We have a team of professionals we call “Energy Fitness Endorsed Providers” in our bag of tricks to help our clients feel their best. As a personal trainer in Memphis,TN and owner of Energy Fitness since 2002 we have gathered a few favorite professionals we like to refer out who are outside our scope of fitness and nutrition knowledge.
This article/blog post is featuring of our Endorsed Providers in the area of Physical Therapy. I spoke with Dr. Shannon Hughes about injuries we have seen on the rise with the neck and shoulder leading me to believe it’s all this texting. Sometimes our clients or people I meet are in a chronic state of pain or have pre-existing injuries that come to the surface as they add more movement and exercise to weekly lifestyle and need a physical therapist such at Dr. Hughes.
We have all seen them. Crowds of folks waiting in line at the bank or at the local grocery store. All looking down at their phones: playing games, texting friends, answering emails. We don’t think anything about it; it has become the typical stance that we associate with waiting! Does the picture below look familiar to how you view your smart device?
We asked Dr. Hughes to write the below article on Text Neck & she mentions how a personal trainer can help you strengthen & stretch the muscles involved in posture. Be sure to see the end of the article where I include pictures of helpful stretches.
Energy Fitness Endorsed Provider Info/Qualifications
Dr. Shannon Hughes is highly educated and well versed in her field. Here’s what’s behind her name: Physical Therapist, DPT, MTC, Orthopedic Certified Specialist, Asst. Professor, College of Health Professions University of Tennessee Health Science Center-Department of Physical Therapy. She helped me work through a SI Joint injury as well as median and ulnar nerve pain so I know she knows her trade.
Well, we are now waiting on neck and upper back pain from this atypical posture! Last year Dr. Hansraj published an article in the journal, “Neuro and Spine Surgery,” concerning the increased loads we are placing on our necks from assuming the “Text Neck” posture. In good posture our head weighs about 10-12 pounds. When we slump, looking down with our whole neck and upper back, we create an almost 90 degree angle in our spine. In this position, the head creates a compressive force 6x greater than normal.
This increase in force not only increases the compressive load on the joints of the neck and upper back, which can cause early degeneration and arthritis, but it also over stretches the muscles in the back of neck and shoulders, and shortens the muscles in the front of the chest and shoulder. All leading to a pain cycle easily broken by paying attention to the messages your body sends.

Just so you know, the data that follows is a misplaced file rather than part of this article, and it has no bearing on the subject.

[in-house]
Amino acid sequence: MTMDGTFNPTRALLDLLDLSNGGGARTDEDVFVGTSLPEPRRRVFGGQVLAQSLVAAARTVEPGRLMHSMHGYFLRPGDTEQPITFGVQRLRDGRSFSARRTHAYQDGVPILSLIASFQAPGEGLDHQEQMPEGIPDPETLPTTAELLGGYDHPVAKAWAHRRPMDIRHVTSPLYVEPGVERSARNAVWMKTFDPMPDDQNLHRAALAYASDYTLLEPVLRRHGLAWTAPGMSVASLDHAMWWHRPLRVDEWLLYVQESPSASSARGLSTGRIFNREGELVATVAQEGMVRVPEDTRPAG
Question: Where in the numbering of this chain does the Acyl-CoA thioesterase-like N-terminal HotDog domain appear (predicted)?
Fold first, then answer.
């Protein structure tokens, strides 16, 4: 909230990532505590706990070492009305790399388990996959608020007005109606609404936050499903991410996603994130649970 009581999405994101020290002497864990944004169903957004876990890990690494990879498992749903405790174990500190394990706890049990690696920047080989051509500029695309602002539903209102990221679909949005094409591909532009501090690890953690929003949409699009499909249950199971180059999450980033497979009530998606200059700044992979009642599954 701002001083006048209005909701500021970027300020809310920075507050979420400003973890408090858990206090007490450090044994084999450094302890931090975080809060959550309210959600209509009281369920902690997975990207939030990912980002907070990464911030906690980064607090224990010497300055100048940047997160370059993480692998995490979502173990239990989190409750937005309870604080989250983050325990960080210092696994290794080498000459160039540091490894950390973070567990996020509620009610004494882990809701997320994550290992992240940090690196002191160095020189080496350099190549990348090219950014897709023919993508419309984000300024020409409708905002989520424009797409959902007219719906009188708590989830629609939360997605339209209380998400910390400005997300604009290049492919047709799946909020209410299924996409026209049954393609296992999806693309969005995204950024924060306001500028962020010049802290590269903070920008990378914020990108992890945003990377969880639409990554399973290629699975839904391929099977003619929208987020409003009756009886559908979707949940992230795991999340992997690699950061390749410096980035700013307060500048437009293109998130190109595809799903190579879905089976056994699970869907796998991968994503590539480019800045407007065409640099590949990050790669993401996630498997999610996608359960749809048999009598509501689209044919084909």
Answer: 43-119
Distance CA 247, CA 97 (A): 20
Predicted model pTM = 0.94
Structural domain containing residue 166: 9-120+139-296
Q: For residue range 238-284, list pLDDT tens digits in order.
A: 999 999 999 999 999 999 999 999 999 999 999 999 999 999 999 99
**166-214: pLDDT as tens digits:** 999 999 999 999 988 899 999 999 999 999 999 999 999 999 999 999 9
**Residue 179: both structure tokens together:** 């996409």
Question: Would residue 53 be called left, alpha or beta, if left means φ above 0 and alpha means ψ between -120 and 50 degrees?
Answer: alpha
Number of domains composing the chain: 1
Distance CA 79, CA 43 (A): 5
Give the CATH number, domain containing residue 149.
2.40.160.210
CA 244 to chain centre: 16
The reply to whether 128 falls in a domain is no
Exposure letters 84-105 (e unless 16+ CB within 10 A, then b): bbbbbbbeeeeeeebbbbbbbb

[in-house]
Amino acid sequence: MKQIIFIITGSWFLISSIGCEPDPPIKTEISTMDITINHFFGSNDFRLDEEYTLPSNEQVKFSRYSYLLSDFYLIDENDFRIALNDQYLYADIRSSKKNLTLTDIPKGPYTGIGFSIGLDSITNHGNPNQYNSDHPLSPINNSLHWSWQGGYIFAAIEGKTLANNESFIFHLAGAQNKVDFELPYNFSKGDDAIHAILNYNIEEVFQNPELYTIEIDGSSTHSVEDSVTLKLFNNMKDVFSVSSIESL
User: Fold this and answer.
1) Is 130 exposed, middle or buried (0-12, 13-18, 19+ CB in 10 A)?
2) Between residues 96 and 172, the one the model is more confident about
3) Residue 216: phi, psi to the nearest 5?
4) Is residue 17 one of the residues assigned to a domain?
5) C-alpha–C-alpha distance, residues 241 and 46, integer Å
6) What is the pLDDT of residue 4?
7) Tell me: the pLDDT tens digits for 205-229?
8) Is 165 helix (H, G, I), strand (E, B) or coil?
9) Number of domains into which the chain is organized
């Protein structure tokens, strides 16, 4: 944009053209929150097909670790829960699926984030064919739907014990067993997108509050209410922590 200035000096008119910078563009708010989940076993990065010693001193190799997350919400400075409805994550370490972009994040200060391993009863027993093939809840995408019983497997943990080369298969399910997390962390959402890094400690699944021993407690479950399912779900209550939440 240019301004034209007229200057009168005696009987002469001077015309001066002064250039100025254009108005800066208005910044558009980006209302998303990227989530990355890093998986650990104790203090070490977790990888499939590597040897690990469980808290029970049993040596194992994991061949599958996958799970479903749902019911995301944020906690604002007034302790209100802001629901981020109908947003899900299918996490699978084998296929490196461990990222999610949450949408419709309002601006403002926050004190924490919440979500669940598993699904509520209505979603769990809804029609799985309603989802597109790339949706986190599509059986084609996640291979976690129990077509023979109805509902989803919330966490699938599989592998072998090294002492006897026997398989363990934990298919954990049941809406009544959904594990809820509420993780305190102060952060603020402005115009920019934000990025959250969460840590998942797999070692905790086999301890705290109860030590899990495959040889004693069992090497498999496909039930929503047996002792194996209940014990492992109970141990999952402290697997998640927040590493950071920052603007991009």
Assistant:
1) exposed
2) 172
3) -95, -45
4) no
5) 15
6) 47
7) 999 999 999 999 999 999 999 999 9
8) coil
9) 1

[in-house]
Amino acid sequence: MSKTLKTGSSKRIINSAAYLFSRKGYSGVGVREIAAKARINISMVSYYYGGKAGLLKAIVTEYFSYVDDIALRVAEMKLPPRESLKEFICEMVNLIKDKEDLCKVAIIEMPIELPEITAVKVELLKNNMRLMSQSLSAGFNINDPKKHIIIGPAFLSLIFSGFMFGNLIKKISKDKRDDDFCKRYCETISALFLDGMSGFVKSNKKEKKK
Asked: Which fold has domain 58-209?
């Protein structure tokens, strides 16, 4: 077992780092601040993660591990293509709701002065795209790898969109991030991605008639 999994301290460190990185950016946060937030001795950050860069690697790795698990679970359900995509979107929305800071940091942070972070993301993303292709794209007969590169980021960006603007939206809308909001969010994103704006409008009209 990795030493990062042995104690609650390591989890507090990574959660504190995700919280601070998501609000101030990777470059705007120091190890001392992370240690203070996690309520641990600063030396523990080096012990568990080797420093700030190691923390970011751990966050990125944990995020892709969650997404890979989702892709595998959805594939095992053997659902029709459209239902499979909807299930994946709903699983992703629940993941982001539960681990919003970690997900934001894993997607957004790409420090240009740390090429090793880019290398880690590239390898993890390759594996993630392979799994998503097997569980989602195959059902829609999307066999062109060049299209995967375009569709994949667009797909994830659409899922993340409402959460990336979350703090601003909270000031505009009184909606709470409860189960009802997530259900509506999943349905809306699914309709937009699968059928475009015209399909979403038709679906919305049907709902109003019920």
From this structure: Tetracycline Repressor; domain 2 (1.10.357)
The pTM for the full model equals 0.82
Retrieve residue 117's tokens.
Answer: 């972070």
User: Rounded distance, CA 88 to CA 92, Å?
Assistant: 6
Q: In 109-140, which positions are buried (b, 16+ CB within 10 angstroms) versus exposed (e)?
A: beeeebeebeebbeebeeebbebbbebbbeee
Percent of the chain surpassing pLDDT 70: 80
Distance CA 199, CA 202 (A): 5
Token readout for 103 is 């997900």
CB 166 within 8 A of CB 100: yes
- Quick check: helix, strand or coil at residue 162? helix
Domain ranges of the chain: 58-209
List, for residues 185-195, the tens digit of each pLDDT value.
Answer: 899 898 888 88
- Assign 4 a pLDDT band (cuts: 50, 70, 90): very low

To break this cycle, be aware of your posture. Pulling shoulder blades back and together, and pulling your chin back while keeping eyes level with horizon is a good starting point for good posture. Roll your shoulders and turn head and neck to maintain good range of motion and blood flow during breaks from device use. Avoid prolonged periods of time spent looking down at your phone/tablet/e-reader/laptop. You can bring your arms up or rest your arms so that the device is in line with your eyes.
A personal trainer can help with advanced postural stretching and strengthening exercises as well as advice related to overall strengthening and flexibility. If you continue to have problems and pain, seek medical attention; a great place to start is a physical therapist. As the movement experts, they can evaluate and treat postural issues related to “Text Neck”. In Tennessee, you can have an evaluation for your issues from a licensed physical therapist without a doctor’s referral.
Helpful Stretches for Kicking Text Next to the Curb!
Do the below stretches 2-3 times a day or more depending on how much you are hunkered over your device. When you first begin you may want to and really only be able to cope with holding each stretch for 30 seconds. You may find that you can tolerate the mild to moderate pain of the stretch more often but shorter periods of time like the 30 seconds. As you become more aware of your head and neck position you will likely need less frequent stretch breaks and may opt for stretching longer like 60 seconds and be able to decrease or eliminate aches or pain within a week or two.
You may want to evaluate your sleeping position habits and pillow as well.
The above stretches stretch your scalene muscles which run along the sides of your neck. If stretching isn’t offering enough relief or you find difficult to do you can manually and gently use your fingertips to lengthen the muscles or schedule a massage with Energy Fitness Endorsed Provider Mae Jensen with Greenchi Massage 256-454-2297, email@example.com (mention this blog post/article and get a little bag of epsom salt and advice of how to use).
This stretch is great for opening up the chest muscles that become tight when doing the Text neck forward head and rounded shoulders position.
If you have a stability ball this is a great combo move to get both the chest and the scalene muscles. If you need to move further down the ball and place your head, neck and shoulders on the ball for a more comfortable position then work within your limits.
Happy Stretching and Better Texting Posture and awareness.
Tonya Tittle, M.S., ACSM, FLT Metagenics
Owner/Dir. of Training
Energy Fitness 901-466-6242
552 South Main, Memphis, TN 38103
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